Herbivore range expansion triggers adaptation in a subsequently-associated third trophic level species and shared microbial symbionts.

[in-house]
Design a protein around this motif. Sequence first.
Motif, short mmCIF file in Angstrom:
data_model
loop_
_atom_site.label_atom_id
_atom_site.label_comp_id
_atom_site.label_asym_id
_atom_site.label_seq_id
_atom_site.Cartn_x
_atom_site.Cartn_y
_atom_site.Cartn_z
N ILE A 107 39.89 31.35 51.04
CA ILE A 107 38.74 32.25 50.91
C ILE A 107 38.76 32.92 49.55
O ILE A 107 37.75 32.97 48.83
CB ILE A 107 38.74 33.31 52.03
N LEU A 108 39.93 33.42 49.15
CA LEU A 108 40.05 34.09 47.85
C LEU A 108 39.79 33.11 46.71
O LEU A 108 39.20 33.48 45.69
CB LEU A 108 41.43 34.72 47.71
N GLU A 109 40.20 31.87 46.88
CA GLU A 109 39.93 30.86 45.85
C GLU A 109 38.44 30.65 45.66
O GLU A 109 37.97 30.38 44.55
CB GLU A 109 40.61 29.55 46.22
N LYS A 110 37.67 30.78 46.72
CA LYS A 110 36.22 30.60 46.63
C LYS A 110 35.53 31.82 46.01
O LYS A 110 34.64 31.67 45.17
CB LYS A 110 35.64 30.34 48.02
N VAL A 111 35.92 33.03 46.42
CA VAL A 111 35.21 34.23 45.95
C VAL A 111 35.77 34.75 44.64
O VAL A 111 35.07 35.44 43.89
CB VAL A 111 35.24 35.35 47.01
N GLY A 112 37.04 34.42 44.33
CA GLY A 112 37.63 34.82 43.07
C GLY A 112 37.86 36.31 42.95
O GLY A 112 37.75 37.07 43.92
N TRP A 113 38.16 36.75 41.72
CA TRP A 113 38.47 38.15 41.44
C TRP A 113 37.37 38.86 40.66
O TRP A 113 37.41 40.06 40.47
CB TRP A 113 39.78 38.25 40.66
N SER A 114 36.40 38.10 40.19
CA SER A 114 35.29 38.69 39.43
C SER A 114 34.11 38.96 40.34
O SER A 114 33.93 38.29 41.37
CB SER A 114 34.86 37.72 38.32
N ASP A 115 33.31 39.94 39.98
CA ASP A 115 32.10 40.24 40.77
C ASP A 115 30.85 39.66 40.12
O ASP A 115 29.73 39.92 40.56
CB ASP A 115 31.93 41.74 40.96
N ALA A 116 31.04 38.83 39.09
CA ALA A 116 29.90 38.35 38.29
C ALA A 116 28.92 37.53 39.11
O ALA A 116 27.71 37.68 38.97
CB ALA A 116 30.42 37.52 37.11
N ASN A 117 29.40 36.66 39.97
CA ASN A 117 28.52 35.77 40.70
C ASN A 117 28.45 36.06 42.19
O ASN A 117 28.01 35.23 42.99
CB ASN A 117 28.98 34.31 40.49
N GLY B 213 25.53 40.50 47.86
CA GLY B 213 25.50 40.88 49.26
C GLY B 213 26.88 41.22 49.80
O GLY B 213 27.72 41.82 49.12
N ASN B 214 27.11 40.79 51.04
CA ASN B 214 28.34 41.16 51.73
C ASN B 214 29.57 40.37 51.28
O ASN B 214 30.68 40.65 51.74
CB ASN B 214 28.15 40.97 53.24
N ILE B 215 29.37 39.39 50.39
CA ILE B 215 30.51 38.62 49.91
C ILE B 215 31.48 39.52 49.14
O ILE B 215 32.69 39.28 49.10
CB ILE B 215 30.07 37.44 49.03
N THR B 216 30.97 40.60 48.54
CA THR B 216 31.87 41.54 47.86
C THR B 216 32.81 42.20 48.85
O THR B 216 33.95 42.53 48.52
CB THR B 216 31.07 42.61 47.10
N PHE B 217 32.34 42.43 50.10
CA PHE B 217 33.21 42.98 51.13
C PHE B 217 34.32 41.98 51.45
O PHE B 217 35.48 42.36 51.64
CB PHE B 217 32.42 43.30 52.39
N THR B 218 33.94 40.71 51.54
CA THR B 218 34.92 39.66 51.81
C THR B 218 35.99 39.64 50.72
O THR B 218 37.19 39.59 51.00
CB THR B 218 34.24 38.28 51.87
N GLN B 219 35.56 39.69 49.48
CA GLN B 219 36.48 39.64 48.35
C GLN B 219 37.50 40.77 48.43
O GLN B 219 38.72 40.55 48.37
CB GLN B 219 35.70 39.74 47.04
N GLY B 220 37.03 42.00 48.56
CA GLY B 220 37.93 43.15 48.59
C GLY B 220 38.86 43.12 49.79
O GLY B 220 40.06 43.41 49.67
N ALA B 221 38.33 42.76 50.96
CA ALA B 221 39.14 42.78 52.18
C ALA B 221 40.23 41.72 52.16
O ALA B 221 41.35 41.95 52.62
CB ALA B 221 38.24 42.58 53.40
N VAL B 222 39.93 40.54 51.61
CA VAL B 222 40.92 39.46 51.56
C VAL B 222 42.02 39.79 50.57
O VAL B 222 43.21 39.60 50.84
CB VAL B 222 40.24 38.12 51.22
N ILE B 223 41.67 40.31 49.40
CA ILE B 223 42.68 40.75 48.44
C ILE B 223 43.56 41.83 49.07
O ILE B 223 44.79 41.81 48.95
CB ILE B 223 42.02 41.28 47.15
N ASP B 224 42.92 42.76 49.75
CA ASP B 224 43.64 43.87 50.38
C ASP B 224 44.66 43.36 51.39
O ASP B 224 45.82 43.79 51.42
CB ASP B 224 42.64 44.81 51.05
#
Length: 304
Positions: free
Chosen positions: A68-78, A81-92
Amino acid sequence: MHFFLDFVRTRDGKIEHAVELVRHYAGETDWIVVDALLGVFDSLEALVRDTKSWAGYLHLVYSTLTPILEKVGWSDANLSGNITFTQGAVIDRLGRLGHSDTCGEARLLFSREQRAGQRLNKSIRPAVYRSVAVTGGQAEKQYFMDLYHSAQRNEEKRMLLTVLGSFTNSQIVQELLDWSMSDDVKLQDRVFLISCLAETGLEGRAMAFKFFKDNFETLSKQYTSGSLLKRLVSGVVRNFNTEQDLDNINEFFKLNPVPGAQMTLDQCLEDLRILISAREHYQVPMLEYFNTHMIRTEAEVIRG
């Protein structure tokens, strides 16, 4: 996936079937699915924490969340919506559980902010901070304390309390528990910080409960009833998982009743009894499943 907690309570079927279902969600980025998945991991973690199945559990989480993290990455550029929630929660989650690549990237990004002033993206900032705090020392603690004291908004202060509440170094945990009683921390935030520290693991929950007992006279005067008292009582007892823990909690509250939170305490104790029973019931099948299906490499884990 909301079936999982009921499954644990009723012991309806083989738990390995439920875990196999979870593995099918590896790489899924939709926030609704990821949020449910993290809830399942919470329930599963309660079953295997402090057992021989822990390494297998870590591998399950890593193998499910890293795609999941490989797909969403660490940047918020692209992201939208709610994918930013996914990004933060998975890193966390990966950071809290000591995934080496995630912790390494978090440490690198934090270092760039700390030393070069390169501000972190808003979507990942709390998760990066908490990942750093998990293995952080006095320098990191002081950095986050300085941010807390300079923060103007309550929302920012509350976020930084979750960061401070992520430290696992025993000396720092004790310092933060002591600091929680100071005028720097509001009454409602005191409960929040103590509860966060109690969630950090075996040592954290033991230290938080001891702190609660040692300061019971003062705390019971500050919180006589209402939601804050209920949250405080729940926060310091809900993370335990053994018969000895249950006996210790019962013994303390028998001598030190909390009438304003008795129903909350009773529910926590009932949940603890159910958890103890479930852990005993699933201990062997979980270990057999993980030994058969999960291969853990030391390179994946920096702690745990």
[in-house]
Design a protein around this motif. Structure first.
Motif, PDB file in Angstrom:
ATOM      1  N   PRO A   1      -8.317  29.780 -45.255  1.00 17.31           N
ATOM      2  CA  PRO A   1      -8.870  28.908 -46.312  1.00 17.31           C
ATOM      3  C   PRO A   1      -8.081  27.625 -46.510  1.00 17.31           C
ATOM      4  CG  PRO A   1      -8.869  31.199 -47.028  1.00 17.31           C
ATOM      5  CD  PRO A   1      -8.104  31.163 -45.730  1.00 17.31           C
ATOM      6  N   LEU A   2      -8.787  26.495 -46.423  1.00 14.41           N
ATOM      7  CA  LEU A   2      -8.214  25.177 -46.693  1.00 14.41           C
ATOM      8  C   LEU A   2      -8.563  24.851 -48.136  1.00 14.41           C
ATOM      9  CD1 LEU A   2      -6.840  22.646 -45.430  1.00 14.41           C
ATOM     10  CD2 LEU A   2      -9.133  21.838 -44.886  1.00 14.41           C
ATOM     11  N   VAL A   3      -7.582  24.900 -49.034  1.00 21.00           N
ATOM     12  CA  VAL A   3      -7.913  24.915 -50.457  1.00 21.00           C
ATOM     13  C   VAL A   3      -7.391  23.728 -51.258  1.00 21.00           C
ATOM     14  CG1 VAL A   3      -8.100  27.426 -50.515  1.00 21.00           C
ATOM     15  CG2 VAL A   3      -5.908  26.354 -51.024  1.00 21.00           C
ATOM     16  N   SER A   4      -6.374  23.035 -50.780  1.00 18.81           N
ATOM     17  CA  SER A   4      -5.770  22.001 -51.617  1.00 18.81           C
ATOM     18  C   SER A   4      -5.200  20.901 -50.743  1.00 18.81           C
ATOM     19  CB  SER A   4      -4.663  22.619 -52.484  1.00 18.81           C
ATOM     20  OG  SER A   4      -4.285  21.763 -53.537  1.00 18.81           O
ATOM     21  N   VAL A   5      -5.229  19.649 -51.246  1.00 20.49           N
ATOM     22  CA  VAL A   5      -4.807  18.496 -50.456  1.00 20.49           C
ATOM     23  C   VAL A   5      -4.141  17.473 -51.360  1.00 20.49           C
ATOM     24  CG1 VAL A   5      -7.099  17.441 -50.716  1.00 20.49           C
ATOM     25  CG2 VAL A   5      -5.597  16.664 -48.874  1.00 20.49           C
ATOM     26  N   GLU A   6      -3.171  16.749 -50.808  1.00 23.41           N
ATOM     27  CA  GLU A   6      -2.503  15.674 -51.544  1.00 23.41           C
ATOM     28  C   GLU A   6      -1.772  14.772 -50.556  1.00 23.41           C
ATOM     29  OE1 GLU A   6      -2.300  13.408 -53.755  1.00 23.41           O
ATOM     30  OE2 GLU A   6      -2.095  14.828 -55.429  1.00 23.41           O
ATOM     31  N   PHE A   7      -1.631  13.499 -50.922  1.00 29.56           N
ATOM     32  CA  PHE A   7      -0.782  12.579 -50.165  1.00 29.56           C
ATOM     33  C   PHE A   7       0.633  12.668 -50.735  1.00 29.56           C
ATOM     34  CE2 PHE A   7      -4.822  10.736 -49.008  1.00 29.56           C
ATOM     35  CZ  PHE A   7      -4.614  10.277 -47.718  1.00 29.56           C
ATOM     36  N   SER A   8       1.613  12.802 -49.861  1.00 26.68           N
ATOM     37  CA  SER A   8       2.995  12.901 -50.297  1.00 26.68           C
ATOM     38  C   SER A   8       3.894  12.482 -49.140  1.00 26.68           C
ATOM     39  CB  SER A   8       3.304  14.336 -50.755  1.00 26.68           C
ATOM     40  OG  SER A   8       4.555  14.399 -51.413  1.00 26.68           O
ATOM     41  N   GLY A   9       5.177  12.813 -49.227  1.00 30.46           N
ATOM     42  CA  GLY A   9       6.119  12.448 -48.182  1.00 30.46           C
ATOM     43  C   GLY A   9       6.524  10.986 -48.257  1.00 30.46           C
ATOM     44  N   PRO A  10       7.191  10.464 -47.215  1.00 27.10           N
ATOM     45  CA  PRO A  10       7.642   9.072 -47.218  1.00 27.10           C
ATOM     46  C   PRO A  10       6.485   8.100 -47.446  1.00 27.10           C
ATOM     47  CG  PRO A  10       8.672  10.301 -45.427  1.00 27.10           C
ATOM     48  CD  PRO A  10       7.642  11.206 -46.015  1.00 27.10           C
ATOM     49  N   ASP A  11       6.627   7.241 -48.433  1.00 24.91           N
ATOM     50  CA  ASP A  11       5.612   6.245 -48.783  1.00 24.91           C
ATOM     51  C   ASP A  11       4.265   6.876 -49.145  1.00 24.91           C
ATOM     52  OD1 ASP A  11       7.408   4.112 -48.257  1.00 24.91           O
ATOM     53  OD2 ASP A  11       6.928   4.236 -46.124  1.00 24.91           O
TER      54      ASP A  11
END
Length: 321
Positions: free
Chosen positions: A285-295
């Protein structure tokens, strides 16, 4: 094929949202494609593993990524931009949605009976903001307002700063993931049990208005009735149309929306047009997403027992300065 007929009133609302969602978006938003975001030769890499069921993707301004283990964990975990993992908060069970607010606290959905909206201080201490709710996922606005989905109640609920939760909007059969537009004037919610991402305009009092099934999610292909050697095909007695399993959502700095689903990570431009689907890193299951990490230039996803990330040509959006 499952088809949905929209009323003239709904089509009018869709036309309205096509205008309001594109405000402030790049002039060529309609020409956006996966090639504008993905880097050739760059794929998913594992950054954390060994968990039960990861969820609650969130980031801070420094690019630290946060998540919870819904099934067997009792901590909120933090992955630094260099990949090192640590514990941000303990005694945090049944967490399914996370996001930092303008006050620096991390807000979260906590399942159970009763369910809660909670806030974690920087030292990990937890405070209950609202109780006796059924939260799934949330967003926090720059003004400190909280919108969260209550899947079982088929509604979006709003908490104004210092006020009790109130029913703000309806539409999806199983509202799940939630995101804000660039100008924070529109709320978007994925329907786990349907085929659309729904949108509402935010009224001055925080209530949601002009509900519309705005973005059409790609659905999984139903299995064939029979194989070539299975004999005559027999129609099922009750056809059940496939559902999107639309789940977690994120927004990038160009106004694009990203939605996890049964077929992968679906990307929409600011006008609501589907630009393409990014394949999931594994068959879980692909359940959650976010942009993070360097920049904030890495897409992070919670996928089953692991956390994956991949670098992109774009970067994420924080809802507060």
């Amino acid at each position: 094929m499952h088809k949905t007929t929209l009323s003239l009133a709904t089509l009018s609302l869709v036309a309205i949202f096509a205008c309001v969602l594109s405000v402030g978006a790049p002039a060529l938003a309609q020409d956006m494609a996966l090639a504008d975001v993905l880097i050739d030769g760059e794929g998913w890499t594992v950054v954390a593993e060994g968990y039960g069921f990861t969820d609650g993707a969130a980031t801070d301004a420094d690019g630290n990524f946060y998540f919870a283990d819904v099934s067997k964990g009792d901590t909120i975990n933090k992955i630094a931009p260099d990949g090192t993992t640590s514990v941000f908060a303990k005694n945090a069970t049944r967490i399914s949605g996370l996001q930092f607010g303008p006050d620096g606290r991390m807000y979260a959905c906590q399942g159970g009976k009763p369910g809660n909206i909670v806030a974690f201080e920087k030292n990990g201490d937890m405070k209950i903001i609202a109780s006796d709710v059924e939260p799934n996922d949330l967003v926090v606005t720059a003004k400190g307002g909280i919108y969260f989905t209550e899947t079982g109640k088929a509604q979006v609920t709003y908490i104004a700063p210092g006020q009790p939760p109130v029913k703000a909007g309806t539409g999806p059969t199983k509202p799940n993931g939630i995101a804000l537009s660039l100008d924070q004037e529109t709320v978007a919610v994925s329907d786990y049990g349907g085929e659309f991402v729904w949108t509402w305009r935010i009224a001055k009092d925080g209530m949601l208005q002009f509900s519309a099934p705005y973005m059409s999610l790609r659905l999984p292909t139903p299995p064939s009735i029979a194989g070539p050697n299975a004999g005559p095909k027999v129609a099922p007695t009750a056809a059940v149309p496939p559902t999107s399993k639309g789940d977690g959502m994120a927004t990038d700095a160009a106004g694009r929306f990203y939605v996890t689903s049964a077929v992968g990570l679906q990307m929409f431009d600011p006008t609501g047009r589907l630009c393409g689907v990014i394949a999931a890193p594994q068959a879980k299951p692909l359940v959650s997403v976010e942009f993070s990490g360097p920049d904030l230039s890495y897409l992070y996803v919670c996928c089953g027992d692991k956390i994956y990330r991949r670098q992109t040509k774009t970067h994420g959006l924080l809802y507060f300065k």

Invasive species may change the life history strategies, distribution, genetic configuration and trophic interactions of native species. The diamondback moth, Plutella xylostella L., is an invasive herbivore attacking cultivated and wild brassica plants worldwide. Here we present phylogeographic analyses of P. xylostella and one of its major parasitoids, Cotesia vestalis, using mitochondrial markers, revealing the genetic diversity and evolutionary history of these two species. We find evidence that C. vestalis originated in Southwest China, then adapted to P. xylostella as a new host by ecological sorting as P. xylostella expanded its geographic range into this region. Associated with the expansion of P. xylostella, Wolbachia symbionts were introduced into local populations of the parasitoid through horizontal transfer from its newly associated host. Insights into the evolutionary history and phylogeographic system of the herbivore and its parasitoid provide an important basis for better understanding the impacts of biological invasion on genetic configuration of local species.